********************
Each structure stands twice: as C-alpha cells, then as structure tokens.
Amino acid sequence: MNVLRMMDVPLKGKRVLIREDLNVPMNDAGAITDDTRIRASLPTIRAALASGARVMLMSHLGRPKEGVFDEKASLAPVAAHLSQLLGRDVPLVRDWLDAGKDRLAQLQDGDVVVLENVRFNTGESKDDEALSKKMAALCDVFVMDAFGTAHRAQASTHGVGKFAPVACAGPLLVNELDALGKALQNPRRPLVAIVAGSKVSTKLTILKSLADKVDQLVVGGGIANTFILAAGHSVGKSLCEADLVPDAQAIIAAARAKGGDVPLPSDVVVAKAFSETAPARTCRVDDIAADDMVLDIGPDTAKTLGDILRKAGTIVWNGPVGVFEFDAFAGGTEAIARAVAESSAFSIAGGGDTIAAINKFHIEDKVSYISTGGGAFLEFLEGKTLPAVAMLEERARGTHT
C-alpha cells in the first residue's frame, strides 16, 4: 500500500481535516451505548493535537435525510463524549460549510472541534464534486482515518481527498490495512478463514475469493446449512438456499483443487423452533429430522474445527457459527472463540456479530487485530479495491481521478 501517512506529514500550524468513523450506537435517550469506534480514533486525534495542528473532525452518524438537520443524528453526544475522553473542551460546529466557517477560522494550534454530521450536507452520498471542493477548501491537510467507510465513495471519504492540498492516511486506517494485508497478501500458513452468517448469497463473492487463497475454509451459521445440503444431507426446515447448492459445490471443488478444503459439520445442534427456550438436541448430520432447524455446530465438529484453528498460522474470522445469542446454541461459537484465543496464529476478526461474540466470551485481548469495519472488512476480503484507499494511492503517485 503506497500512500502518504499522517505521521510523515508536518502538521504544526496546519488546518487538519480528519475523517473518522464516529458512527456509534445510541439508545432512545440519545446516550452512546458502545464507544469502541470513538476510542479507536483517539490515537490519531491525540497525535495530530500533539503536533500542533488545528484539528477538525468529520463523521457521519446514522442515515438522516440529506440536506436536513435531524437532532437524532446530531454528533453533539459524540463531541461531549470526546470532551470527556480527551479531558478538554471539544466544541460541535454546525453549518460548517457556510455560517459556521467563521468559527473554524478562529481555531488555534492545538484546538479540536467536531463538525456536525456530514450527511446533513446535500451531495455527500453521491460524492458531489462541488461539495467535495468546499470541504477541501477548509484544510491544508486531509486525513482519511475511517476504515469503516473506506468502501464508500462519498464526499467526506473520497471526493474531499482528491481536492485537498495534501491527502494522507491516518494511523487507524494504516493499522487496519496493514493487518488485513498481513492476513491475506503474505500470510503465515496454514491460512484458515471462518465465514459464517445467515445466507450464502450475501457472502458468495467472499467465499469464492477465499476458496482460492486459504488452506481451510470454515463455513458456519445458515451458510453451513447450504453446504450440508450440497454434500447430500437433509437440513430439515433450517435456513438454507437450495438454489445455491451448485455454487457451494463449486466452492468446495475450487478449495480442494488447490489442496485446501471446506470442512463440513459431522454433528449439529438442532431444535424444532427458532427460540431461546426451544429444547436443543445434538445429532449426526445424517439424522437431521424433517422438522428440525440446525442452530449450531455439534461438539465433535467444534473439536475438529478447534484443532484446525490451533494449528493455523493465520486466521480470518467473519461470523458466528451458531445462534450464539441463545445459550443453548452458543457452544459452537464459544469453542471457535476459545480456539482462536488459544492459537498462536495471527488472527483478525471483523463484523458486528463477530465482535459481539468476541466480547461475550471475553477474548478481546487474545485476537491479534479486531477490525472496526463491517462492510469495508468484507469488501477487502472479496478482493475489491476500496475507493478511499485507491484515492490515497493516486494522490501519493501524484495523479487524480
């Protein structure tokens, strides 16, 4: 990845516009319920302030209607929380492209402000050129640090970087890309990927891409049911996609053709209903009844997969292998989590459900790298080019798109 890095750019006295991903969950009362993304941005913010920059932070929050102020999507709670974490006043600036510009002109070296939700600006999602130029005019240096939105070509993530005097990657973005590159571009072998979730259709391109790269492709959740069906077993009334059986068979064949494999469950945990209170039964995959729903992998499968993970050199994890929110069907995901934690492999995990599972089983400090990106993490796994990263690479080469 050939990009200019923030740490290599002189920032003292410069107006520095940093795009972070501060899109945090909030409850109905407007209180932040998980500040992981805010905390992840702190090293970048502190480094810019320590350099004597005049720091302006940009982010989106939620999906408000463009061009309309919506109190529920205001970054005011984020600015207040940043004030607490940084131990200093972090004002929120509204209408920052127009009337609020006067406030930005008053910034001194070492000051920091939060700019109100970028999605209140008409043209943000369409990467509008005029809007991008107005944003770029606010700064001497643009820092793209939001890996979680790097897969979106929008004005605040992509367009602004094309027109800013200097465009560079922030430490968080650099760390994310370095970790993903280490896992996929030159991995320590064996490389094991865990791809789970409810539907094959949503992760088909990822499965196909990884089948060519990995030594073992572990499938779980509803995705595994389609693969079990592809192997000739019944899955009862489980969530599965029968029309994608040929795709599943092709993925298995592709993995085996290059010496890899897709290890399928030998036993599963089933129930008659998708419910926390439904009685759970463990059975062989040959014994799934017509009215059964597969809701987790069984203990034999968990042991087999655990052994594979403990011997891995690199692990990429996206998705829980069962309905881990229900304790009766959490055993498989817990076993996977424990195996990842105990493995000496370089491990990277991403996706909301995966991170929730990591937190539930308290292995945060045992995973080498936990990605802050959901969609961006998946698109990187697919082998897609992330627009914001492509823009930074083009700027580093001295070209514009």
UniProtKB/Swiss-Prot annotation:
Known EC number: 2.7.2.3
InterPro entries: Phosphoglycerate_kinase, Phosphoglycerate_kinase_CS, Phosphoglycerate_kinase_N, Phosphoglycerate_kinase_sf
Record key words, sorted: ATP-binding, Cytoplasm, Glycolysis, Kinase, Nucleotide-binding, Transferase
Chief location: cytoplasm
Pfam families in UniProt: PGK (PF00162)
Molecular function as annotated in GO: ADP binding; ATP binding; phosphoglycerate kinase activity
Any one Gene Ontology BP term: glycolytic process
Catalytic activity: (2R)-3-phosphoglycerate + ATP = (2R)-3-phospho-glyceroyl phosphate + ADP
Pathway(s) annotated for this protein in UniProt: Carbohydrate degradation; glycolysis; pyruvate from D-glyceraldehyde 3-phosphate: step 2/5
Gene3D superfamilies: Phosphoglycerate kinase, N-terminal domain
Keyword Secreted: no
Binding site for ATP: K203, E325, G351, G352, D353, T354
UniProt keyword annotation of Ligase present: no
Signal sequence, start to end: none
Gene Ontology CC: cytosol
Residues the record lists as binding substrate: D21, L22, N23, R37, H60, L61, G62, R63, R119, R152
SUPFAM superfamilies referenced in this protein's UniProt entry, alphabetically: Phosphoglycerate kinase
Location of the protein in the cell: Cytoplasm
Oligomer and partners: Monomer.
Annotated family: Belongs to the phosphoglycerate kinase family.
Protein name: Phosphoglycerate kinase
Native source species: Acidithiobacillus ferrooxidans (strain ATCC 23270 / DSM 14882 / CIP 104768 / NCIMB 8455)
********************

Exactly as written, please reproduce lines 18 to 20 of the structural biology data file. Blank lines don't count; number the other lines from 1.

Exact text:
UniProt keyword annotation of Ligase present: no
Signal sequence, start to end: none
Gene Ontology CC: cytosol